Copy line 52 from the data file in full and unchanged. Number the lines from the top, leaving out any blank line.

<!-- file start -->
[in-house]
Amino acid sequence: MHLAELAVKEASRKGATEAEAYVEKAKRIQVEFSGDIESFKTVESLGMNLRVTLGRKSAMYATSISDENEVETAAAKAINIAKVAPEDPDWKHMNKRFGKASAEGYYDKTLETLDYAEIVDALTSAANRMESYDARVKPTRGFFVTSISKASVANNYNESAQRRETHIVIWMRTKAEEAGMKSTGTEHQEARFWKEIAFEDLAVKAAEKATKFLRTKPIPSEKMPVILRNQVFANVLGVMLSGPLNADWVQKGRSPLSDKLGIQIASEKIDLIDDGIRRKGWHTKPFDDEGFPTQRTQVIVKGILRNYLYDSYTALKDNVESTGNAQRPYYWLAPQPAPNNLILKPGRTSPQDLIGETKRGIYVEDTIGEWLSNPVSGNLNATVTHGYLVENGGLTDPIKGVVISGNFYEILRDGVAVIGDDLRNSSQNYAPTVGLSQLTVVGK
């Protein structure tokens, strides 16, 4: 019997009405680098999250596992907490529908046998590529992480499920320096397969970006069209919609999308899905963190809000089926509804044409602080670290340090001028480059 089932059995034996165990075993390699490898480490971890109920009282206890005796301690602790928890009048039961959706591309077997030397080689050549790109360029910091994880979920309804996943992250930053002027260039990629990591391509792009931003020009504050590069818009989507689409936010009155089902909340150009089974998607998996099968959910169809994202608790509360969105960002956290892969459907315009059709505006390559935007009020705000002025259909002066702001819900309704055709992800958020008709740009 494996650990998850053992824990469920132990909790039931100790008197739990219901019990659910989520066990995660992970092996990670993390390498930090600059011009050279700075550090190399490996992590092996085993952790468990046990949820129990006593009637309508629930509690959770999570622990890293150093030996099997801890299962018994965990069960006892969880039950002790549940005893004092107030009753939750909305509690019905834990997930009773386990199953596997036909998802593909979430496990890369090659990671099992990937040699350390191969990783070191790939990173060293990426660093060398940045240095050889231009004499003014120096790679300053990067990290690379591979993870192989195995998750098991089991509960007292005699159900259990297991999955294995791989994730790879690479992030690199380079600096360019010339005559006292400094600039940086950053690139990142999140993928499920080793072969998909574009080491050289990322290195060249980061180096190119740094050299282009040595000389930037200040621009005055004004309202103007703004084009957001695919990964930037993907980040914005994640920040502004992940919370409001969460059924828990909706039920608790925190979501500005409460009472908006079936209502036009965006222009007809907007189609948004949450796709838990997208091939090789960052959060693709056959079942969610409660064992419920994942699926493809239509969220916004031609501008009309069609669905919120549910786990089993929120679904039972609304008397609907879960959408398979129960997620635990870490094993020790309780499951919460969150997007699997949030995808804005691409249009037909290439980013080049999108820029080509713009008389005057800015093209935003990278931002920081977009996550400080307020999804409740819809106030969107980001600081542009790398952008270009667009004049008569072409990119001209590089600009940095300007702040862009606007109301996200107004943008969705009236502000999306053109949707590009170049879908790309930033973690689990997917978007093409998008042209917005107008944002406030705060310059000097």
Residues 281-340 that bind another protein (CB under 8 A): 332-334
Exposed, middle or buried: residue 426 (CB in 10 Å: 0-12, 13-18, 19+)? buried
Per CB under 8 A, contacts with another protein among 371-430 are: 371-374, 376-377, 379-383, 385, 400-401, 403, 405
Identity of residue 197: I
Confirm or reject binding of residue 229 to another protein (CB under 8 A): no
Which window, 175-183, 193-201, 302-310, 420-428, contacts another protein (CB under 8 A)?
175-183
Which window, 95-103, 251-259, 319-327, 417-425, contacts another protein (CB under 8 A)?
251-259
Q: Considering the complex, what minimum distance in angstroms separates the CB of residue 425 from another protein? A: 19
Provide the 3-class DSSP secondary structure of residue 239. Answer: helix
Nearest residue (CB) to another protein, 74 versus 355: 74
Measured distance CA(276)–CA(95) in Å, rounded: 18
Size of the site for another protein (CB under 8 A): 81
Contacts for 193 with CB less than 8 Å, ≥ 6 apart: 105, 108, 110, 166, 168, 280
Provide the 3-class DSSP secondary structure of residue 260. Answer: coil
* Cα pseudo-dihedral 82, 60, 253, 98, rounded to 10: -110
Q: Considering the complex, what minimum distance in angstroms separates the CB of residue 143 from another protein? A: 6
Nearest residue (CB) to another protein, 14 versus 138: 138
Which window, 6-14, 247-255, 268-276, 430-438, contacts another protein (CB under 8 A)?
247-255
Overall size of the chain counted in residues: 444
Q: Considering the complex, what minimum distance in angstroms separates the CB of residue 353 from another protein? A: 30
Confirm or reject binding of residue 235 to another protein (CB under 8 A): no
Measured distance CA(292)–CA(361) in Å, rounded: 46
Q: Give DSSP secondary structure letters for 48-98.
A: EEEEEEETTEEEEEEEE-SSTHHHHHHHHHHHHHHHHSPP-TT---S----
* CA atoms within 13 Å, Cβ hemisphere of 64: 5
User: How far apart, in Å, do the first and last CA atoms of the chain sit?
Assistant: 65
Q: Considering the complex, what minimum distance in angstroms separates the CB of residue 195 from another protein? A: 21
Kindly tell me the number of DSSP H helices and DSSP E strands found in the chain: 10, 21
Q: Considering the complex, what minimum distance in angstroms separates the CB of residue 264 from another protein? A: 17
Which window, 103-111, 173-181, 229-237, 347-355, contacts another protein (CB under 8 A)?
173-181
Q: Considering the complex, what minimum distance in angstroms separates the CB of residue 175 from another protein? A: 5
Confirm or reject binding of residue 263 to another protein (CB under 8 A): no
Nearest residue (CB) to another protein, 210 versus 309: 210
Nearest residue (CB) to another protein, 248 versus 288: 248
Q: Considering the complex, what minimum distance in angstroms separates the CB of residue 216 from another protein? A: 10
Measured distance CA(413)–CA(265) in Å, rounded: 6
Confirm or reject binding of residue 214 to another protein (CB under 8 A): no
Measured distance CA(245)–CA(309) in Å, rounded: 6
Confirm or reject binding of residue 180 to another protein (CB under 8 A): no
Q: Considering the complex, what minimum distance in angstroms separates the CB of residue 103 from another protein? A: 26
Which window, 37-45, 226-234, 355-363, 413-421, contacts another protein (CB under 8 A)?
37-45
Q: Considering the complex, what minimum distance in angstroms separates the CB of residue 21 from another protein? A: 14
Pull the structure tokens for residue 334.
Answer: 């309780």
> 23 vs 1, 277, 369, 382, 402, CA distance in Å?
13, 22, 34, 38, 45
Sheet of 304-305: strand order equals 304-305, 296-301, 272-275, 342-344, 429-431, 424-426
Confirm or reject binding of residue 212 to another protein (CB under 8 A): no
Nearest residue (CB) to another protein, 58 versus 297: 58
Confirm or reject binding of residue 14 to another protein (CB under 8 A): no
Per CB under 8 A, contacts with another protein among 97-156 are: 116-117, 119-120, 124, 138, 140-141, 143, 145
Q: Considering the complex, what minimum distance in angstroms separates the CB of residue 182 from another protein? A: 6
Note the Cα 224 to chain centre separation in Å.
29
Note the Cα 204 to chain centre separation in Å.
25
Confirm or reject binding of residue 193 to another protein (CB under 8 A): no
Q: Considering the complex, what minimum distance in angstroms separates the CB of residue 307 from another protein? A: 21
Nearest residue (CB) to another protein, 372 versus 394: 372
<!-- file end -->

Pull the structure tokens for residue 334.